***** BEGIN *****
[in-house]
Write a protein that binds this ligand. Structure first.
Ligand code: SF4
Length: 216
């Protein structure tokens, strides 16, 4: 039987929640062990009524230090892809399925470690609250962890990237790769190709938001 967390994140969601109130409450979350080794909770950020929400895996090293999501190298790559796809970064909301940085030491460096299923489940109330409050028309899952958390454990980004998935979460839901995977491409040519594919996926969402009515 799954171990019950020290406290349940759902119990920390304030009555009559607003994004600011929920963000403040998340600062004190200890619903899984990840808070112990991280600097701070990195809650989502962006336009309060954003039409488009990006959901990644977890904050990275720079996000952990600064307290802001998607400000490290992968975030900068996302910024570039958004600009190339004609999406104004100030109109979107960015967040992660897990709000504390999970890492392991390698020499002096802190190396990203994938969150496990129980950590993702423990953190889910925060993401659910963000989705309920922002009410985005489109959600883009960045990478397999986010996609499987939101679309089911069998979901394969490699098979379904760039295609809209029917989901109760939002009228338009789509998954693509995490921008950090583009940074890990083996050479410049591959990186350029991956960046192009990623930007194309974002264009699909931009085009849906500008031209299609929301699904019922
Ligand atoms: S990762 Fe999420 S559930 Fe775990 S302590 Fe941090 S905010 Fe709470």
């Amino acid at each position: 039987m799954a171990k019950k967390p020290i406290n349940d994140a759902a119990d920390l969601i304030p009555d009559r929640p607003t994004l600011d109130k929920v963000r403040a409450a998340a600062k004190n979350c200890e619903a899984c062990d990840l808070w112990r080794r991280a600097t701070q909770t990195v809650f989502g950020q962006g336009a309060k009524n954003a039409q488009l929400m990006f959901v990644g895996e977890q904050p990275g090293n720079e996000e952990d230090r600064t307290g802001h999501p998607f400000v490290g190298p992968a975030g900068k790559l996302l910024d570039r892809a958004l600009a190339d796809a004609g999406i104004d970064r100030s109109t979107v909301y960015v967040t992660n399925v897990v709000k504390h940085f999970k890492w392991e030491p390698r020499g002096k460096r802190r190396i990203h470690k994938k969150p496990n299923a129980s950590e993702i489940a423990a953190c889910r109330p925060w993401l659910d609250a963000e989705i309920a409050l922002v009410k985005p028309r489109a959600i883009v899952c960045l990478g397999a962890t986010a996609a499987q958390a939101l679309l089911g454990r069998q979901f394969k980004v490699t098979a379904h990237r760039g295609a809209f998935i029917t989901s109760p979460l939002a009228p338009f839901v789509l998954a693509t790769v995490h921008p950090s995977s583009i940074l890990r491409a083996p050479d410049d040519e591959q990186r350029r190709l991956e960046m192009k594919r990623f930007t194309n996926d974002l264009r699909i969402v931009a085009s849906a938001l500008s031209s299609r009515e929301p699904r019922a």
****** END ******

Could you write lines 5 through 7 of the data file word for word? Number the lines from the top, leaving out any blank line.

């Protein structure tokens, strides 16, 4: 039987929640062990009524230090892809399925470690609250962890990237790769190709938001 967390994140969601109130409450979350080794909770950020929400895996090293999501190298790559796809970064909301940085030491460096299923489940109330409050028309899952958390454990980004998935979460839901995977491409040519594919996926969402009515 799954171990019950020290406290349940759902119990920390304030009555009559607003994004600011929920963000403040998340600062004190200890619903899984990840808070112990991280600097701070990195809650989502962006336009309060954003039409488009990006959901990644977890904050990275720079996000952990600064307290802001998607400000490290992968975030900068996302910024570039958004600009190339004609999406104004100030109109979107960015967040992660897990709000504390999970890492392991390698020499002096802190190396990203994938969150496990129980950590993702423990953190889910925060993401659910963000989705309920922002009410985005489109959600883009960045990478397999986010996609499987939101679309089911069998979901394969490699098979379904760039295609809209029917989901109760939002009228338009789509998954693509995490921008950090583009940074890990083996050479410049591959990186350029991956960046192009990623930007194309974002264009699909931009085009849906500008031209299609929301699904019922
Ligand atoms: S990762 Fe999420 S559930 Fe775990 S302590 Fe941090 S905010 Fe709470």
């Amino acid at each position: 039987m799954a171990k019950k967390p020290i406290n349940d994140a759902a119990d920390l969601i304030p009555d009559r929640p607003t994004l600011d109130k929920v963000r403040a409450a998340a600062k004190n979350c200890e619903a899984c062990d990840l808070w112990r080794r991280a600097t701070q909770t990195v809650f989502g950020q962006g336009a309060k009524n954003a039409q488009l929400m990006f959901v990644g895996e977890q904050p990275g090293n720079e996000e952990d230090r600064t307290g802001h999501p998607f400000v490290g190298p992968a975030g900068k790559l996302l910024d570039r892809a958004l600009a190339d796809a004609g999406i104004d970064r100030s109109t979107v909301y960015v967040t992660n399925v897990v709000k504390h940085f999970k890492w392991e030491p390698r020499g002096k460096r802190r190396i990203h470690k994938k969150p496990n299923a129980s950590e993702i489940a423990a953190c889910r109330p925060w993401l659910d609250a963000e989705i309920a409050l922002v009410k985005p028309r489109a959600i883009v899952c960045l990478g397999a962890t986010a996609a499987q958390a939101l679309l089911g454990r069998q979901f394969k980004v490699t098979a379904h990237r760039g295609a809209f998935i029917t989901s109760p979460l939002a009228p338009f839901v789509l998954a693509t790769v995490h921008p950090s995977s583009i940074l890990r491409a083996p050479d410049d040519e591959q990186r350029r190709l991956e960046m192009k594919r990623f930007t194309n996926d974002l264009r699909i969402v931009a085009s849906a938001l500008s031209s299609r009515e929301p699904r019922a």